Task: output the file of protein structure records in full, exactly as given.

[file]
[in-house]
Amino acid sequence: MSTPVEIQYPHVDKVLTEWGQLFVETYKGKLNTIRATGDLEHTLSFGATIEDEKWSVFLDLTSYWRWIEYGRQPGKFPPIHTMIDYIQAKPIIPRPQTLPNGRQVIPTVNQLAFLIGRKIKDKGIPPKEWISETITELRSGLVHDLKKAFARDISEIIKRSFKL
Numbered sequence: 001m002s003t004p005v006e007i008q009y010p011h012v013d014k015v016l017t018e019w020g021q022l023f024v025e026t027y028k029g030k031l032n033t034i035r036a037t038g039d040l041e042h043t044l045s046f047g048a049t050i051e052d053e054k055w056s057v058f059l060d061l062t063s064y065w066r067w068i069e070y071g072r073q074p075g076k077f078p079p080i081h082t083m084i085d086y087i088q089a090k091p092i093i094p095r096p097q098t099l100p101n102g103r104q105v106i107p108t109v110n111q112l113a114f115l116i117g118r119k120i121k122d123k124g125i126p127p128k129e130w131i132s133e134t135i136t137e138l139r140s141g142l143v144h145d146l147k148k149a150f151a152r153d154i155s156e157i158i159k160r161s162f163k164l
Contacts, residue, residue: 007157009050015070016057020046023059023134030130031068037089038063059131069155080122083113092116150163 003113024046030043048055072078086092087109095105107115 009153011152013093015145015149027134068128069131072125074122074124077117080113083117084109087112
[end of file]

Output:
[in-house]
Amino acid sequence: MSTPVEIQYPHVDKVLTEWGQLFVETYKGKLNTIRATGDLEHTLSFGATIEDEKWSVFLDLTSYWRWIEYGRQPGKFPPIHTMIDYIQAKPIIPRPQTLPNGRQVIPTVNQLAFLIGRKIKDKGIPPKEWISETITELRSGLVHDLKKAFARDISEIIKRSFKL
Numbered sequence: 001m002s003t004p005v006e007i008q009y010p011h012v013d014k015v016l017t018e019w020g021q022l023f024v025e026t027y028k029g030k031l032n033t034i035r036a037t038g039d040l041e042h043t044l045s046f047g048a049t050i051e052d053e054k055w056s057v058f059l060d061l062t063s064y065w066r067w068i069e070y071g072r073q074p075g076k077f078p079p080i081h082t083m084i085d086y087i088q089a090k091p092i093i094p095r096p097q098t099l100p101n102g103r104q105v106i107p108t109v110n111q112l113a114f115l116i117g118r119k120i121k122d123k124g125i126p127p128k129e130w131i132s133e134t135i136t137e138l139r140s141g142l143v144h145d146l147k148k149a150f151a152r153d154i155s156e157i158i159k160r161s162f163k164l
Contacts, residue, residue: 007157009050015070016057020046023059023134030130031068037089038063059131069155080122083113092116150163 003113024046030043048055072078086092087109095105107115 009153011152013093015145015149027134068128069131072125074122074124077117080113083117084109087112